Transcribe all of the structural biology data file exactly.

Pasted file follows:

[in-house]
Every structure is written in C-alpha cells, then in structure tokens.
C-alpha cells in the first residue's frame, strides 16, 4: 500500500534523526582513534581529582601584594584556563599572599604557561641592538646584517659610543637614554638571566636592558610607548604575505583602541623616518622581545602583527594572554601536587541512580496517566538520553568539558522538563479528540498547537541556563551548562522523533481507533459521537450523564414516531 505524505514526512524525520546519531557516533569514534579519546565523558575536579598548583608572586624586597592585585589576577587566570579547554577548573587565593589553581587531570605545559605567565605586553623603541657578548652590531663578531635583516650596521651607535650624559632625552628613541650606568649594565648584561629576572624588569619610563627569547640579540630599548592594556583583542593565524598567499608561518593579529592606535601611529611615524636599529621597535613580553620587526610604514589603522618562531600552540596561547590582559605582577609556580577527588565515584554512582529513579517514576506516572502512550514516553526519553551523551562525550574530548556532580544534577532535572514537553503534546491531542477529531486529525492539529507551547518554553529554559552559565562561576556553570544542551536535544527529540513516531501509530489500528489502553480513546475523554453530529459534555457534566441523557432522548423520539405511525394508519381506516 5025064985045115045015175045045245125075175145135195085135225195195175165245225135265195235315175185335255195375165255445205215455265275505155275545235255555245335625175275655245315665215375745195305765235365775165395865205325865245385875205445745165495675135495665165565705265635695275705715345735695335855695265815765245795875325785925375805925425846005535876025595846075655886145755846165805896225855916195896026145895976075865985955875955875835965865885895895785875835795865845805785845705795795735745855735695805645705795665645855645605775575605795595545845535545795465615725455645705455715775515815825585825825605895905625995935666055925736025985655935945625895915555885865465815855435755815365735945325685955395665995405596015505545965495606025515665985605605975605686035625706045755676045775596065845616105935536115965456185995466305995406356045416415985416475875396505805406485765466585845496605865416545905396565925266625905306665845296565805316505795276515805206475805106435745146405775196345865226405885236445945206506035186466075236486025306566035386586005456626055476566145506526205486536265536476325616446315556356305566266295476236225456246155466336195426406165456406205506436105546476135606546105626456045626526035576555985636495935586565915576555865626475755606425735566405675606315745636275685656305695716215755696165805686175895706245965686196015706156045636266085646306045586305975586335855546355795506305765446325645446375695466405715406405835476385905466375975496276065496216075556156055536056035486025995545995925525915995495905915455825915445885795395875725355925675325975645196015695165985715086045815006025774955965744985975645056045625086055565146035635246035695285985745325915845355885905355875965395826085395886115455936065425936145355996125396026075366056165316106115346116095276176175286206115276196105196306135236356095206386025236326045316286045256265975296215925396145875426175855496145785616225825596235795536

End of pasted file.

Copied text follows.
[in-house]
Every structure is written in C-alpha cells, then in structure tokens.
C-alpha cells in the first residue's frame, strides 16, 4: 500500500534523526582513534581529582601584594584556563599572599604557561641592538646584517659610543637614554638571566636592558610607548604575505583602541623616518622581545602583527594572554601536587541512580496517566538520553568539558522538563479528540498547537541556563551548562522523533481507533459521537450523564414516531 505524505514526512524525520546519531557516533569514534579519546565523558575536579598548583608572586624586597592585585589576577587566570579547554577548573587565593589553581587531570605545559605567565605586553623603541657578548652590531663578531635583516650596521651607535650624559632625552628613541650606568649594565648584561629576572624588569619610563627569547640579540630599548592594556583583542593565524598567499608561518593579529592606535601611529611615524636599529621597535613580553620587526610604514589603522618562531600552540596561547590582559605582577609556580577527588565515584554512582529513579517514576506516572502512550514516553526519553551523551562525550574530548556532580544534577532535572514537553503534546491531542477529531486529525492539529507551547518554553529554559552559565562561576556553570544542551536535544527529540513516531501509530489500528489502553480513546475523554453530529459534555457534566441523557432522548423520539405511525394508519381506516 5025064985045115045015175045045245125075175145135195085135225195195175165245225135265195235315175185335255195375165255445205215455265275505155275545235255555245335625175275655245315665215375745195305765235365775165395865205325865245385875205445745165495675135495665165565705265635695275705715345735695335855695265815765245795875325785925375805925425846005535876025595846075655886145755846165805896225855916195896026145895976075865985955875955875835965865885895895785875835795865845805785845705795795735745855735695805645705795665645855645605775575605795595545845535545795465615725455645705455715775515815825585825825605895905625995935666055925736025985655935945625895915555885865465815855435755815365735945325685955395665995405596015505545965495606025515665985605605975605686035625706045755676045775596065845616105935536115965456185995466305995406356045416415985416475875396505805406485765466585845496605865416545905396565925266625905306665845296565805316505795276515805206475805106435745146405775196345865226405885236445945206506035186466075236486025306566035386586005456626055476566145506526205486536265536476325616446315556356305566266295476236225456246155466336195426406165456406205506436105546476135606546105626456045626526035576555985636495935586565915576555865626475755606425735566405675606315745636275685656305695716215755696165805686175895706245965686196015706156045636266085646306045586305975586335855546355795506305765446325645446375695466405715406405835476385905466375975496276065496216075556156055536056035486025995545995925525915995495905915455825915445885795395875725355925675325975645196015695165985715086045815006025774955965744985975645056045625086055565146035635246035695285985745325915845355885905355875965395826085395886115455936065425936145355996125396026075366056165316106115346116095276176175286206115276196105196306135236356095206386025236326045316286045256265975296215925396145875426175855496145785616225825596235795536